“We help to cure some children while teaching others compassion. Our foundation is fairly young, so we have only managed a few small drives so far, but absolutely every penny has gone to the Give Life foundation to buy the necessary medicines for our little patients,” said Dubrovina.
The money raised by ARCH goes to support treatment programs developed in specific institutions, including the Russian Federal Scientific and Clinical Center for Children’s Hematology, Oncology and Immunology and the Memorial Sloan Kettering Cancer Center in New York.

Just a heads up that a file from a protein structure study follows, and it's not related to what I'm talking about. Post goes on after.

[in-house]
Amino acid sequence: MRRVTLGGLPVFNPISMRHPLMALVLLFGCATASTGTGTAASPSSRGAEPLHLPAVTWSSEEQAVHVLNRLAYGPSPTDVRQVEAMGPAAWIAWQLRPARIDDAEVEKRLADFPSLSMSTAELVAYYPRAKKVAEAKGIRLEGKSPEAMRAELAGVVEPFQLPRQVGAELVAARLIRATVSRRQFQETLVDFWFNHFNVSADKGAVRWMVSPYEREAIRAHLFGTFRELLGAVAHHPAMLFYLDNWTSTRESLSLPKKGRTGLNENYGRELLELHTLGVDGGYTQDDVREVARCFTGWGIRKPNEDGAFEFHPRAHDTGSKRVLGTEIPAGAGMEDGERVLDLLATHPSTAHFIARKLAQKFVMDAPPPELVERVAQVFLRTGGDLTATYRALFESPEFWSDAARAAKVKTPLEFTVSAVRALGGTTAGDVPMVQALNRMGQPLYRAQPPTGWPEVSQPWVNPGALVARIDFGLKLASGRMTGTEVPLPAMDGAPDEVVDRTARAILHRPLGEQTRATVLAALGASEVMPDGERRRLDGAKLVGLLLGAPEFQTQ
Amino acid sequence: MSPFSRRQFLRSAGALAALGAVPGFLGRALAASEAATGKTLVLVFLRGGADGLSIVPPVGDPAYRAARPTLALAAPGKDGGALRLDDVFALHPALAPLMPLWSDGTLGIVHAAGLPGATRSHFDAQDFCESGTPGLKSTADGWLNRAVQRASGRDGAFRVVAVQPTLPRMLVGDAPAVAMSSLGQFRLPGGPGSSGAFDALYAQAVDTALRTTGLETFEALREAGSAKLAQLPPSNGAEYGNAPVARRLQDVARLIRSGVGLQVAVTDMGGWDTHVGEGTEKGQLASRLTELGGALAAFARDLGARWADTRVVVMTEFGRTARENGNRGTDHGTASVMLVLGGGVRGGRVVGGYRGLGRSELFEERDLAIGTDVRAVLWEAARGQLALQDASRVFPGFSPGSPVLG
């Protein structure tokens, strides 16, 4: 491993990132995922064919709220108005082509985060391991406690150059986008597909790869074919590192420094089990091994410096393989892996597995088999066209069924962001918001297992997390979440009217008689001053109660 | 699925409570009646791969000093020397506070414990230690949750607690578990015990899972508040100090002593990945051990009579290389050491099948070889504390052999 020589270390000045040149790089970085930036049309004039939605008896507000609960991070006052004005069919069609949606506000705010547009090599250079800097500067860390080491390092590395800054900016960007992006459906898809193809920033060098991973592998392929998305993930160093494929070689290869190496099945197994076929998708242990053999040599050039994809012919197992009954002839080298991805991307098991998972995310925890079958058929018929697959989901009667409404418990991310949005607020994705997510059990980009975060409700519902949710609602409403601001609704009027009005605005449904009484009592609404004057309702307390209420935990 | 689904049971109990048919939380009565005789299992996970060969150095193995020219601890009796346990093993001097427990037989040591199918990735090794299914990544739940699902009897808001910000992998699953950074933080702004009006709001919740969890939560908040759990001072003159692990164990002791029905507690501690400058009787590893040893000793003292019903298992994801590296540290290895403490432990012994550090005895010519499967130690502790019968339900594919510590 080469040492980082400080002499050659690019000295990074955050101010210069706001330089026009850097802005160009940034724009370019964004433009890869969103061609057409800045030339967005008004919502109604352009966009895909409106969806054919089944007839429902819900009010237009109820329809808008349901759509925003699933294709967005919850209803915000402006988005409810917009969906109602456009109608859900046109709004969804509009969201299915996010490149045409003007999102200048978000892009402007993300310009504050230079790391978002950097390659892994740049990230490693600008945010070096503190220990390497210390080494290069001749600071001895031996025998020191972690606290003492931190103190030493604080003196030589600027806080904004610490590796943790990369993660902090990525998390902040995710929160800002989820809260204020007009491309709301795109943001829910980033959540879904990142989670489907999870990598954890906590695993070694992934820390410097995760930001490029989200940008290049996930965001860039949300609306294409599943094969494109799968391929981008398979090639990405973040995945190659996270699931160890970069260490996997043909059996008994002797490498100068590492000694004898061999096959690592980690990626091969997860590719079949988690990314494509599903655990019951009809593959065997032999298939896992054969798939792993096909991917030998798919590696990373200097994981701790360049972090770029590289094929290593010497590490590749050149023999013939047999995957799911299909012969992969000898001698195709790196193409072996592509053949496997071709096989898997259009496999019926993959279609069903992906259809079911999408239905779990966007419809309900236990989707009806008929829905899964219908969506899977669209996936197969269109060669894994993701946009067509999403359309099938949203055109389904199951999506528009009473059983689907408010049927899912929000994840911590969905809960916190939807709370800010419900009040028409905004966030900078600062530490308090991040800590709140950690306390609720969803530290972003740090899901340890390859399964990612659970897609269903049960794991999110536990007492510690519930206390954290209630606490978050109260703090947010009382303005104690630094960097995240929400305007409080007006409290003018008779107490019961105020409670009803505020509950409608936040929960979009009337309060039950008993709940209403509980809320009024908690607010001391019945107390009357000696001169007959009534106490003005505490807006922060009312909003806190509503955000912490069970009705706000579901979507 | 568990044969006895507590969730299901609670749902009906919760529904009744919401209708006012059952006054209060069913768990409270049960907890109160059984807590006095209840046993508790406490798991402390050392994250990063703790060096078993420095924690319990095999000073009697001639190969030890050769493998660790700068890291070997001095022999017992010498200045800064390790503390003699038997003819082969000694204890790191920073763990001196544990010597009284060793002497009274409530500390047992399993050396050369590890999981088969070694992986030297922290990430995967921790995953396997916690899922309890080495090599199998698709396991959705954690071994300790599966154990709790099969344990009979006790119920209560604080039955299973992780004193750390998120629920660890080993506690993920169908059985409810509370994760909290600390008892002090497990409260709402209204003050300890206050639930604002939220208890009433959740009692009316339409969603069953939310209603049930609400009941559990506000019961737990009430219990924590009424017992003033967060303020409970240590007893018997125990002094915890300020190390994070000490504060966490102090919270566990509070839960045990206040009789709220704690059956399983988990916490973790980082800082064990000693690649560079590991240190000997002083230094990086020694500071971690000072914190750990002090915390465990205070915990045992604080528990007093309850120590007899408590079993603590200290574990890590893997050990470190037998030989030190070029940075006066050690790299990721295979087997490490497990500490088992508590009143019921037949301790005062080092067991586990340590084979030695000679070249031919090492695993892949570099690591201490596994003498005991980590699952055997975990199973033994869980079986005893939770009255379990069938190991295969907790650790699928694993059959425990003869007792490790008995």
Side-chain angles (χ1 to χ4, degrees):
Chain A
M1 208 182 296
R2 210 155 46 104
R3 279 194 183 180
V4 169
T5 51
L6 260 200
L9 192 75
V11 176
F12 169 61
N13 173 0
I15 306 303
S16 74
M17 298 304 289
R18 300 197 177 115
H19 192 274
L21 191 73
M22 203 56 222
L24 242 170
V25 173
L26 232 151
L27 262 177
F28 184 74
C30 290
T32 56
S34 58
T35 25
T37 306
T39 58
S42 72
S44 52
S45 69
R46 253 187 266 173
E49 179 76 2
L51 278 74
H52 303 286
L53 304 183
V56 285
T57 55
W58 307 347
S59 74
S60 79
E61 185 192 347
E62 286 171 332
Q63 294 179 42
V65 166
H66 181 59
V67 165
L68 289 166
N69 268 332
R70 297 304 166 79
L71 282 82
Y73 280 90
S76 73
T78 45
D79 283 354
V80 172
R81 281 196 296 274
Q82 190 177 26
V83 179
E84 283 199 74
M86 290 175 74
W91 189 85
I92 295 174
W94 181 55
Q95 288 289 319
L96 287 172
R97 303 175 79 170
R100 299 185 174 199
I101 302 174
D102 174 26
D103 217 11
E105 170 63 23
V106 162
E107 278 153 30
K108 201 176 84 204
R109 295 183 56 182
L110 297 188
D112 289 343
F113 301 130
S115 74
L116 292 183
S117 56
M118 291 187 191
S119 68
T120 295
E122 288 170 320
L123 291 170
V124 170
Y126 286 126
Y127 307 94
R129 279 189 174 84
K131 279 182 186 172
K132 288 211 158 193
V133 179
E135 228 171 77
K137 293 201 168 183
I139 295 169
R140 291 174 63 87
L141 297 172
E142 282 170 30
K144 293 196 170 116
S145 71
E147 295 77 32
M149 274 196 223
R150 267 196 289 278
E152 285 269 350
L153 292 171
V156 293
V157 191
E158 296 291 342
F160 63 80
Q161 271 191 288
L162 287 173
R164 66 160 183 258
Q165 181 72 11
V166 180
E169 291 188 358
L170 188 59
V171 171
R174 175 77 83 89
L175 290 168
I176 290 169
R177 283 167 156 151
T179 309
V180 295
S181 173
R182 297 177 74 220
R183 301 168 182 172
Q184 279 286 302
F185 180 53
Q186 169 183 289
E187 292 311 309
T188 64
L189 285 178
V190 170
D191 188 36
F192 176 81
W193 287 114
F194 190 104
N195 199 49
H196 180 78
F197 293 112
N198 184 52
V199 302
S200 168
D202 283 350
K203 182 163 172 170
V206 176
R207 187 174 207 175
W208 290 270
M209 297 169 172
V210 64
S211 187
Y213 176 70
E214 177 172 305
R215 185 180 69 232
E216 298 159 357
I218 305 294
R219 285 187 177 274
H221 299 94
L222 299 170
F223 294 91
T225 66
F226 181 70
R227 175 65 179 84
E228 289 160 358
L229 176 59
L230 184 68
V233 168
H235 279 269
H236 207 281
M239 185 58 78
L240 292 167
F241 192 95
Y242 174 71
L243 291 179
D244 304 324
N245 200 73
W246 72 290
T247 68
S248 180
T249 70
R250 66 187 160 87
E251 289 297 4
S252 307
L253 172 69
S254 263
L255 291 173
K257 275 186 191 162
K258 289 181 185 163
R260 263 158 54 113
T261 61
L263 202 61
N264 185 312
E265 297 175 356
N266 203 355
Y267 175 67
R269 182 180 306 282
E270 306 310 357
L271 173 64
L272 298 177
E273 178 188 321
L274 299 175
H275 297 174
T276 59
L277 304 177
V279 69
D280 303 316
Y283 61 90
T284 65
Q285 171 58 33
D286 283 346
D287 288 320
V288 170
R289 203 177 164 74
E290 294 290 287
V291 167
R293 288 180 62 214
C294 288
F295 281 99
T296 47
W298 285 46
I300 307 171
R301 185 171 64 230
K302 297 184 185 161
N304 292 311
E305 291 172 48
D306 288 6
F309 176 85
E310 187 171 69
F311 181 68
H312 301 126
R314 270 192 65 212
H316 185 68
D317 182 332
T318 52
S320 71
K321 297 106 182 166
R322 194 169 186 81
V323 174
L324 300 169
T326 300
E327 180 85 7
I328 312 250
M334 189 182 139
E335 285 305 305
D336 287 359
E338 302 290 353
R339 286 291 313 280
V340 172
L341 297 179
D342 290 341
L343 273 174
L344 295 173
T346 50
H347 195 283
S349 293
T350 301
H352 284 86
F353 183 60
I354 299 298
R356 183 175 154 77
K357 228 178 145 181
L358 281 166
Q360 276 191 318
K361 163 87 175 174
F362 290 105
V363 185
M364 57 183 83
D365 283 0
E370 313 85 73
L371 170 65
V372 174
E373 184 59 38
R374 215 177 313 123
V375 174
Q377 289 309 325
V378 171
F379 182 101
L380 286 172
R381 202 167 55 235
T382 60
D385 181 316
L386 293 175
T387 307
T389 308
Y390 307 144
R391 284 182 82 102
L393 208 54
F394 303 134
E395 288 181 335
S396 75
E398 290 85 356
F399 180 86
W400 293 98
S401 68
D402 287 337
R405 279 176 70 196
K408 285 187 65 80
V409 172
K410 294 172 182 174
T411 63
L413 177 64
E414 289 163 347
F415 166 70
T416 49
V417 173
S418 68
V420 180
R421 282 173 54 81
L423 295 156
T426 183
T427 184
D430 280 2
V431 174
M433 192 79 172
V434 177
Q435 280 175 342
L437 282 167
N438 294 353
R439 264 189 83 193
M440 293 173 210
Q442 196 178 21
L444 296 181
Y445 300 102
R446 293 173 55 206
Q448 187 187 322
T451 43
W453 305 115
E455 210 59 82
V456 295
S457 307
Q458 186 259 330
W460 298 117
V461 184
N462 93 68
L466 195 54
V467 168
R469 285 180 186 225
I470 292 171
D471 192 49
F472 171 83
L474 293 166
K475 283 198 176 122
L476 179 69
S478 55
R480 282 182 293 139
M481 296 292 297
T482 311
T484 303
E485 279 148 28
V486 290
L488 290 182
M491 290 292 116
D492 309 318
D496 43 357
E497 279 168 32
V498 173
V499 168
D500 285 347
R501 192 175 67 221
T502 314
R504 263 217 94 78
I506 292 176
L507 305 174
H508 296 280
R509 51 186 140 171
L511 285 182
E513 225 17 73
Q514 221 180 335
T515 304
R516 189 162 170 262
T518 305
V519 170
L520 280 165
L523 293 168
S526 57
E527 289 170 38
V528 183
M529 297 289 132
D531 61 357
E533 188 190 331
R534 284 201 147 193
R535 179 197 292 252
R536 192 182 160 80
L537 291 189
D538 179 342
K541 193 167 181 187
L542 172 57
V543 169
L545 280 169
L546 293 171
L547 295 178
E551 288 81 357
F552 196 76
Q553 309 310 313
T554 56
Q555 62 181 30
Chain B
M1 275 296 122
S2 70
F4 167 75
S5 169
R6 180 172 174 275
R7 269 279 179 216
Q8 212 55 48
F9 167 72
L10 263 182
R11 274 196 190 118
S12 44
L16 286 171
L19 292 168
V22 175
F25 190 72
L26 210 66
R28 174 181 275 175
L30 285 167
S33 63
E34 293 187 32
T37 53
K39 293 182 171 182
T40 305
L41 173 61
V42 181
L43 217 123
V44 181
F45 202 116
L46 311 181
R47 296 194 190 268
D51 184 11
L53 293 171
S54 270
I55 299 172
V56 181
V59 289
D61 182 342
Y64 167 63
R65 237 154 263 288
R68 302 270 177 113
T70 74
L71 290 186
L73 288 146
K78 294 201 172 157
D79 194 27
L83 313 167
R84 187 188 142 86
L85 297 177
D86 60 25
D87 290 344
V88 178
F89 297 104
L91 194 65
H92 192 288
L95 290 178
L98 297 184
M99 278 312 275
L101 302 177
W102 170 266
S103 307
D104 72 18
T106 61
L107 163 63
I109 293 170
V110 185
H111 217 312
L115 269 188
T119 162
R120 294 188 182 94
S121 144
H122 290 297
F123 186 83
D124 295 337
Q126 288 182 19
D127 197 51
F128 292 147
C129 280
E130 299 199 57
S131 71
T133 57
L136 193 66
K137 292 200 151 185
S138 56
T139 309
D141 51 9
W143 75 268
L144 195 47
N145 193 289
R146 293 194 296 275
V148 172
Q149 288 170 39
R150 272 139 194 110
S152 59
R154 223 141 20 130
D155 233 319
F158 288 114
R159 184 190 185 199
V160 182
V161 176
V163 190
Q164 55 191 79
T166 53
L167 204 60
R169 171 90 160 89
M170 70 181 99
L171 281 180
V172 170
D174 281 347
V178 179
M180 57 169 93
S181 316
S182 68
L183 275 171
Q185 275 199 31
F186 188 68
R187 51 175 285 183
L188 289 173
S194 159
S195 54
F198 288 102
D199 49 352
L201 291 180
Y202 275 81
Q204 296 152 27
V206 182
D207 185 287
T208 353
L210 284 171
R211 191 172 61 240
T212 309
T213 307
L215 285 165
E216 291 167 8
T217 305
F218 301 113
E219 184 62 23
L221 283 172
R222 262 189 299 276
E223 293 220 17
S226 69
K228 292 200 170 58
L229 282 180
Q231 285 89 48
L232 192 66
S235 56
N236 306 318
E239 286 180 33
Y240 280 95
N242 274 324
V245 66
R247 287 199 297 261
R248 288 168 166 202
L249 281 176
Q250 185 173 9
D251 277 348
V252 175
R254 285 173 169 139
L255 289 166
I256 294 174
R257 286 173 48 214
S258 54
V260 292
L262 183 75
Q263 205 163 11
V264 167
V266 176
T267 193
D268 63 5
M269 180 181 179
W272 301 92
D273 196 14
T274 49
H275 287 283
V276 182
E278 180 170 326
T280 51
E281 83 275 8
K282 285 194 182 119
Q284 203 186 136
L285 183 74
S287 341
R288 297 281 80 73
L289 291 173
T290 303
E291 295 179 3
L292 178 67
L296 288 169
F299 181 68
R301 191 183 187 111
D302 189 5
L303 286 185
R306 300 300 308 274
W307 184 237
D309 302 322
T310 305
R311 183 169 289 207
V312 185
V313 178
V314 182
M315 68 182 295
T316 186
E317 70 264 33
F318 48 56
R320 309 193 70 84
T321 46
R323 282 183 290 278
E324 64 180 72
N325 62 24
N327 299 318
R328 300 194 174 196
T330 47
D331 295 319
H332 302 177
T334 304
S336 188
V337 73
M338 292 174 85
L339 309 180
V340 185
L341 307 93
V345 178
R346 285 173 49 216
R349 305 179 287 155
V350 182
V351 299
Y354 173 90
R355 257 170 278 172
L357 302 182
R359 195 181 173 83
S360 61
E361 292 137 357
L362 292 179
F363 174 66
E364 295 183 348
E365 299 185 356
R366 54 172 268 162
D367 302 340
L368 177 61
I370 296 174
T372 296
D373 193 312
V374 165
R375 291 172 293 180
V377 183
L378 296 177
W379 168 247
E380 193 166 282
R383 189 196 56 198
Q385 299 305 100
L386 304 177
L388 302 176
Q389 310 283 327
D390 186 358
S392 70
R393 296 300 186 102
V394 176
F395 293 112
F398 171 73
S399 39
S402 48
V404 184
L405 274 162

Besides donating money and medicine, ARCH sponsors also work to improve the children’s spirits and quality of life. For example, American artist Ana Tsarev donated 20 of her works to the center in Moscow. These paintings feature motifs from Russian folk tales and were used to decorate the center.
“The idea behind this gift was to introduce Russian folk tales into the lives of these sick children and make those tales come true,” said Dubrovina. “I should stress that a no less important aspect of ARCH’s work is the popularization of Russian culture among children and young people in America. We plan to hold classes in arts in which Russia has a centuries-old tradition – acting, dancing, music, and literature – to be taught by Russian émigré specialists.
The knowledge of her organization’s positive impact helps sustain Dubrovina as she struggles with the difficulties of running a charitable foundation.